The A12 isn't necessarily a clear winner in every aspect, however, as the A10X actually outperforms it in some graphics benchmarks thanks to its additional graphics cores, so comparative performance may depend on the type of content.
Through progressive updates to tvOS, the A12 will guarantee better performance over time and will be more future-proof than the A10X in the first-generation Apple TV 4K.
The second-generation Apple TV 4K features the most recent version of HDMI with version 2.1, while the first-generation Apple TV 4K uses the older HDMI 2.0a. HDMI 2.1 facilitates many of the newer Apple TV 4K's added video capabilities like high-framerate HDR. Both models have gigabit ethernet.
While both Apple TV 4K models feature Bluetooth 5.0, only the second-generation model features Wi-Fi 6. The first-generation Apple TV has the older Wi-Fi 5 wireless networking standard.
The second-generation Apple TV 4K is the second Apple device to have built-in Thread support, following the HomePod mini, for improved integration into smart home setups. Thread is a low-power networking technology that offers a secure, mesh-based system able to interface with other Thread-enabled smart home devices for improved connectivity.
Alongside the second-generation Apple TV 4K, Apple introduced a completely redesigned Siri Remote. With a thicker, one-piece aluminum design, the new Siri Remote fits more comfortably in a user's hand.
The new Siri Remote features a clickpad control that offers five-way navigation for better accuracy and is also touch-enabled for fast directional swipes. The outer ring of the clickpad supports an intuitive circular gesture that turns it into a jog control.
The new Siri Remote also has a power button that controls a TV's power directly, and another for mute. The Siri button has been relocated to the side of the remote for convenience. The second-generation Siri Remote also dropped the built-in accelerometer and gyroscope from its predecessor.
The first-generation Apple TV 4K features the older, first-generation Siri Remote that first appeared in 2015 with the Apple TV HD.
The first-generation Siri Remote has a glass touch surface with no directional buttons. There is no power button or mute button, nor is there the ability to use the touchpad as a jog.
The design of the first-generation Siri Remote has been criticized for being unergonomic and has been replaced by the significantly improved redesigned model. Although the first-generation Apple TV 4K features the older remote, it is possible to simply purchase the new remote separately for $59.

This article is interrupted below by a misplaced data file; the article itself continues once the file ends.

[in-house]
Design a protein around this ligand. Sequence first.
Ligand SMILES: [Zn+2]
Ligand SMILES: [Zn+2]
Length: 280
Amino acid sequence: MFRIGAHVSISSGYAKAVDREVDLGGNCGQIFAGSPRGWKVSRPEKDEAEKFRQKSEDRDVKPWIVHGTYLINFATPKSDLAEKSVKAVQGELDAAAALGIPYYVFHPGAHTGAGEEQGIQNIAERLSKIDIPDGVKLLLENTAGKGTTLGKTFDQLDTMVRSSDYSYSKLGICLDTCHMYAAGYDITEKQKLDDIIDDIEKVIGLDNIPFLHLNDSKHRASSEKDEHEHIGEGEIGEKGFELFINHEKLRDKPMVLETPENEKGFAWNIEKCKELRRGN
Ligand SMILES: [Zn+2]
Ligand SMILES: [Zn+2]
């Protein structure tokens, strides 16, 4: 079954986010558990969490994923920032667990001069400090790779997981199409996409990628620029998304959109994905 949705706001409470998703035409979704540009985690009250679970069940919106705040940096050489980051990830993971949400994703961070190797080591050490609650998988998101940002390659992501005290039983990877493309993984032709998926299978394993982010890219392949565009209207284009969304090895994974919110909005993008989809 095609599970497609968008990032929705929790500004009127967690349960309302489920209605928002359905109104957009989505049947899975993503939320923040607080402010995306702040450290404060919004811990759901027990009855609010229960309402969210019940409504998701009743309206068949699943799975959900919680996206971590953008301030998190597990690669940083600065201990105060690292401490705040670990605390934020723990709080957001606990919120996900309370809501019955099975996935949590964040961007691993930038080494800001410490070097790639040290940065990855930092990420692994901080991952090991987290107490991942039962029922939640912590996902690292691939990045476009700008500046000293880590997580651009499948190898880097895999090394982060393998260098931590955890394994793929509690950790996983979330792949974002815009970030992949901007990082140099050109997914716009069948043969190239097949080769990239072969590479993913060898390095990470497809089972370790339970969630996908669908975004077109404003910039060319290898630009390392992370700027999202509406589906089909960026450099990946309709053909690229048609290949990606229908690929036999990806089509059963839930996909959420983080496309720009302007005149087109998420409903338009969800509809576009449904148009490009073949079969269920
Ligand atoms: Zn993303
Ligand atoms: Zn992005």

Other Apple TV Options
The Apple TV HD was first released in 2015 and has remained in Apple's lineup since then as an entry-level option for $149. The Apple TV HD features the A8 chip and only supports resolutions up to 1080p. In spite of its older hardware, the Apple TV HD comes with the second-generation Siri Remote.
There is only a $30 price difference between the Apple TV HD and Apple TV 4K.
The only people who should consider the Apple TV HD are individuals on a strict budget, those with no intention of upgrading their setups, and those with no interest in technologies like Ultra-HD 4K, HDR, or Dolby Atmos.
The Apple TV HD may also appear to be a good option for existing Apple TV users looking to buy an additional Apple TV for another room for activities such as Apple Fitness+.
For most existing first-generation Apple TV 4K users, the upgrade to the second-generation model will likely not be worth it since the improvements are minor.
Given the complaints about the first-generation Siri Remote, it is difficult to recommend new buyers to miss out on the redesigned version. If the new Siri Remote is the most alluring part of the second-generation Apple TV 4K for you, then it is possible to simply buy the new remote separately for $59.
It would make sense to buy the first-generation Apple TV 4K if you can get it cheap enough that you can buy the second-generation Siri Remote to add to it, and still have spent less than the $179 starting price of the second-generation Apple TV 4K when it was new.
Unless you do this and get the first-generation Apple TV for a very good price compared to the second-generation Apple TV 4K, it makes sense to buy the newer model instead.
Although the second-generation model is very similar to its predecessor in terms of specifications, the faster and more recent A12 processor will make it more future-proof. Users who watch a lot of sports and care about high framerate video will also be better off spending more to get the newer model.